Which was why the passing of Emma Chambers at 53 and Stephen Fry’s cancer diagnosis were all the more shocking this week. Without meaning to give them god-like status, it’s easy to assume that these people are untouchable, for no other reason than they have the money to pay their way out of death.
Not true, sadly.
I don’t know Emma and Stephen personally, but the gifts of the arts and culture are their reach and the poignant way they touch our souls. The works of these two, in particular, have resonated with me on different levels: I have followed Fry’s struggles with depression and tested my stress incontinence several times watching Emma in Notting Hill and The Vicar of Dibley.
Emma was 53, Stephen is 60 – similar in age to myself – a make or break period where the poor decisions of youth and bad genes can start to catch up. I’m not afraid to admit that I get a bit scared when I look back at all the cigarettes I rolled in my twenties.
Worse, I know from experience that death is forgotten, quicker than any of us would like. Not because of our shallowness or callousness, but because of its inevitability, because of the prolonged pain from dwelling upon it, the busy-ness of life and the salient reminder to squeeze every last drop out of it.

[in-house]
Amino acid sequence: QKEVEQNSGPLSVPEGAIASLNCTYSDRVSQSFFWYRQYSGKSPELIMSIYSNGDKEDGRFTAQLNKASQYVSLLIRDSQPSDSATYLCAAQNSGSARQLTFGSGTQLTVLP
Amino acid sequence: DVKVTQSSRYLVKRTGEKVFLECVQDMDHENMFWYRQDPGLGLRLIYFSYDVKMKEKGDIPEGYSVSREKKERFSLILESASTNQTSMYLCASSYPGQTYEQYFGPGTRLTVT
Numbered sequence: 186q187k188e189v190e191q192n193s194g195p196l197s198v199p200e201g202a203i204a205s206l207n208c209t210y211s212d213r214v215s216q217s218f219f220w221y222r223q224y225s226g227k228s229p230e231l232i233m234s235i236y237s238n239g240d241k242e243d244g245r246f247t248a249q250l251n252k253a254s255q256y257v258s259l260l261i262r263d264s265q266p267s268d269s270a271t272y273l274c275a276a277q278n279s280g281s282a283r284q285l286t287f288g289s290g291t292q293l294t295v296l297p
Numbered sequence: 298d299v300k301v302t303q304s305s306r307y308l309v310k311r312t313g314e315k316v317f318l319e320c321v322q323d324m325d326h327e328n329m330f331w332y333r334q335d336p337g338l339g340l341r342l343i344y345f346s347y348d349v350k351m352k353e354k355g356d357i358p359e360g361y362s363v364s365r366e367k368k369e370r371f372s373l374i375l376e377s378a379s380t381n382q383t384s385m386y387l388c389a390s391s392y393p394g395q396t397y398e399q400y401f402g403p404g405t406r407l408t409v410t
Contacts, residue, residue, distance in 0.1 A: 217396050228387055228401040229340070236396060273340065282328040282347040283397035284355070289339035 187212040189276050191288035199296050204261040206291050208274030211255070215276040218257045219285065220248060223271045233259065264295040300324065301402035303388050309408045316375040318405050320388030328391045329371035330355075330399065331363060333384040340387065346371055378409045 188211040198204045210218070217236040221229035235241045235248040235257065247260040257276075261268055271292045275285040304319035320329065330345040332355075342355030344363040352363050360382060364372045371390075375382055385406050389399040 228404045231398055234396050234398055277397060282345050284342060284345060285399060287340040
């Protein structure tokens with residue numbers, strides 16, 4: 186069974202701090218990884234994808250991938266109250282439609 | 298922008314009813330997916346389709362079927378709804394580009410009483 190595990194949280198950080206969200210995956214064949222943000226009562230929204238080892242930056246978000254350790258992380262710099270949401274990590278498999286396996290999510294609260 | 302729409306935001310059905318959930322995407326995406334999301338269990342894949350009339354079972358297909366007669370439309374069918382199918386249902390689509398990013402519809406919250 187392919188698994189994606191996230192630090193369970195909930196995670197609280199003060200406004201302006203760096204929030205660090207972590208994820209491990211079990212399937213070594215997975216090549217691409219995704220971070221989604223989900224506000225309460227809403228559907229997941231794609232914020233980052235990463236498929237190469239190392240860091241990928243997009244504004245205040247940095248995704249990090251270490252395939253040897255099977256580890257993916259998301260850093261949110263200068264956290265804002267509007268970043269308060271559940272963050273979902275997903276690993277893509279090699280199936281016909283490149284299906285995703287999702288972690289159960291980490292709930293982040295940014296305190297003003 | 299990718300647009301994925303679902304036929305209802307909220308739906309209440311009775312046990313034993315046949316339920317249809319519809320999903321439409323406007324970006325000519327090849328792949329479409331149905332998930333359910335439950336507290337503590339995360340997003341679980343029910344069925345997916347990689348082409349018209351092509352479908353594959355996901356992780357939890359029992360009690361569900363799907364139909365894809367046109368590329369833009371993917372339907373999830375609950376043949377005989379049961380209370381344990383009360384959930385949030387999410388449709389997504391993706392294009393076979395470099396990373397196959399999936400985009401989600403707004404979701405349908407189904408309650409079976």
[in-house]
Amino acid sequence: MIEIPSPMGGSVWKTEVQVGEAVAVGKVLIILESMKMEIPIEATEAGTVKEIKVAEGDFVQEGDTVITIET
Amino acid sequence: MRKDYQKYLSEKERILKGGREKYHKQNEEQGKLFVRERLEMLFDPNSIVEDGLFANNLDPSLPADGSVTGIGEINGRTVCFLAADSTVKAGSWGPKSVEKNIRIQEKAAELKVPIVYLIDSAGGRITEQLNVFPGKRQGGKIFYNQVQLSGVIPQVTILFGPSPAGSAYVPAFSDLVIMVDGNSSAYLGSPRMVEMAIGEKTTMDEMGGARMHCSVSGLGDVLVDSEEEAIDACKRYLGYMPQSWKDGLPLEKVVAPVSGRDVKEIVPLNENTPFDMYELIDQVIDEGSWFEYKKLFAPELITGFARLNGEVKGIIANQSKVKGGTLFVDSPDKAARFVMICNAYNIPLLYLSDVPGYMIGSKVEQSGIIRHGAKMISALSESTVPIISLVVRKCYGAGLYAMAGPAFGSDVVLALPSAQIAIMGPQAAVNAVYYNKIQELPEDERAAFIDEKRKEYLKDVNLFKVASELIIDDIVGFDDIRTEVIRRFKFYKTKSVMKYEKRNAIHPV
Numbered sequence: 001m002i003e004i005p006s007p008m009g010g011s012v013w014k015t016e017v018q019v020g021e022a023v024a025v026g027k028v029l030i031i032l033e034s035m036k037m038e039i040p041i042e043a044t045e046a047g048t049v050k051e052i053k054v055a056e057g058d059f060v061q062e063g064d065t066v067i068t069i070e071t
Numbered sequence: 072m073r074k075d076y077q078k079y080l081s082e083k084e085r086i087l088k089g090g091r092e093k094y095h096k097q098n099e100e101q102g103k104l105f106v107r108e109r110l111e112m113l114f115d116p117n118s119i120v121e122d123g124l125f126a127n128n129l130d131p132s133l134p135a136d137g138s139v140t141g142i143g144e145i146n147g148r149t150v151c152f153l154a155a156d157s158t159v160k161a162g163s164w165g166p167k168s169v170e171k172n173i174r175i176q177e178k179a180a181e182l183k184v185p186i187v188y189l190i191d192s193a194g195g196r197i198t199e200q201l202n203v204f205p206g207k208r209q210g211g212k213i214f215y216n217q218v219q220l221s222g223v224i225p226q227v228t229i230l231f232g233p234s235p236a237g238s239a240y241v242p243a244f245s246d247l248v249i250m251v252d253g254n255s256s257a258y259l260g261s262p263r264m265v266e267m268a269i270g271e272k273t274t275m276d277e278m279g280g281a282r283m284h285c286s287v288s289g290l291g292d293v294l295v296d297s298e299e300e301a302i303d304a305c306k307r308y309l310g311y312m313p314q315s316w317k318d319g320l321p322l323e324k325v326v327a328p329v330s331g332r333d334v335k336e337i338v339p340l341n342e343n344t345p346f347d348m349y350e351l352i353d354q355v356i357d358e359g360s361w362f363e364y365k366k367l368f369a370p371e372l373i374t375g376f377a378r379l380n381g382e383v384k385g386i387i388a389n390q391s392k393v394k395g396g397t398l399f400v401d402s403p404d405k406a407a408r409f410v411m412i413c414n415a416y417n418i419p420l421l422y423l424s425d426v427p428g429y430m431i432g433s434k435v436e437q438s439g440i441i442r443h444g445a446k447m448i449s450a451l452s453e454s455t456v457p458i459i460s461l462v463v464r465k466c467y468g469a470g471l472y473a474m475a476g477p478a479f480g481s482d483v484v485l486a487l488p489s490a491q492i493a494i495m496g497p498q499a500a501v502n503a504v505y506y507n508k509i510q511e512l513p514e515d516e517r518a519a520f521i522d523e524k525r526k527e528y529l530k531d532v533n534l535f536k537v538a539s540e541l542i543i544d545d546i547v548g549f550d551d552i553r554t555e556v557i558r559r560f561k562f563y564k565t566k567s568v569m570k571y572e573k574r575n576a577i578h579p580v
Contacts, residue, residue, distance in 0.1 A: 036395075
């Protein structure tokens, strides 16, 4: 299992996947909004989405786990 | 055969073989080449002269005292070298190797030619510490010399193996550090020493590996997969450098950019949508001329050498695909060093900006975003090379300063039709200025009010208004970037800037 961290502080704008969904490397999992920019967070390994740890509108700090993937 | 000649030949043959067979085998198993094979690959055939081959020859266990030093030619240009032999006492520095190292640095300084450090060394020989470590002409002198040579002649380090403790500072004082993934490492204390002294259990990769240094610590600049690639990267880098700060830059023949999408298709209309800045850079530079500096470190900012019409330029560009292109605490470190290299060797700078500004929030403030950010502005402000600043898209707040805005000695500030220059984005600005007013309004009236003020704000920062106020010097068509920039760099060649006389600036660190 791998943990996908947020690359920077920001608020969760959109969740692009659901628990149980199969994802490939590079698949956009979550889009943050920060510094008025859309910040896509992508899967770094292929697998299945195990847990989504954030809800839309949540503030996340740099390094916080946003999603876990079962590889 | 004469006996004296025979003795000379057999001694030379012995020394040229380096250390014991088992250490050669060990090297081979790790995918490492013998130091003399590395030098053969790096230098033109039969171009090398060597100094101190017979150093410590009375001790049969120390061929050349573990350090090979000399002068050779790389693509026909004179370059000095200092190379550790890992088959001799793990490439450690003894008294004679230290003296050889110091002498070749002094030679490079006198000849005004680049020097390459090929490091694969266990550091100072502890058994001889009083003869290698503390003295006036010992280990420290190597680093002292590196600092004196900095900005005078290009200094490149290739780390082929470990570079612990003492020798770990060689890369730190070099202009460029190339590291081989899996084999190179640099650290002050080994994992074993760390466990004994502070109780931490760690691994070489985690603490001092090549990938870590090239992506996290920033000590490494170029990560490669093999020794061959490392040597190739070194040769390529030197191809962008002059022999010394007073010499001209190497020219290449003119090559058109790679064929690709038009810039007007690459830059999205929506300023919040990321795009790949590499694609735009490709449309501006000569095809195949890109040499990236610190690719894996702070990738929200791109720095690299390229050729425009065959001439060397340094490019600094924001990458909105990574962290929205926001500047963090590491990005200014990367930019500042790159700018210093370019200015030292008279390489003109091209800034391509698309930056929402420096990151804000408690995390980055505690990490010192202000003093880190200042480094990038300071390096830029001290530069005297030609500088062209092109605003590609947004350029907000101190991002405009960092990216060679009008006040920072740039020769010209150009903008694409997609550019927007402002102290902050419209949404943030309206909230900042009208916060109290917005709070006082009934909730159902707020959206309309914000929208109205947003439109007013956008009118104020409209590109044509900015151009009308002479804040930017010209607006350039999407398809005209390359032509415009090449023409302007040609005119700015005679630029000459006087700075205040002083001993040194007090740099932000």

So I’ve decided that I want to die from a long illness – words I imagine I will eat should my fate work out that way – and in spite of the inevitable pain and suffering that decision will cause to my others and myself. I want the luxury of being able to say my goodbyes, and in a perverse way, I want to feel spoiled during my last moments. I want everyone to focus on me for once, and the role I played in their lives. I don’t care if there’s a wake or a party – I’ll be dead anyway.
Thanks for the laughs, Emma. Good luck, Stephen.
Family and friends: FYI, I don’t like grapes, but weirdly I am quite partial to wine.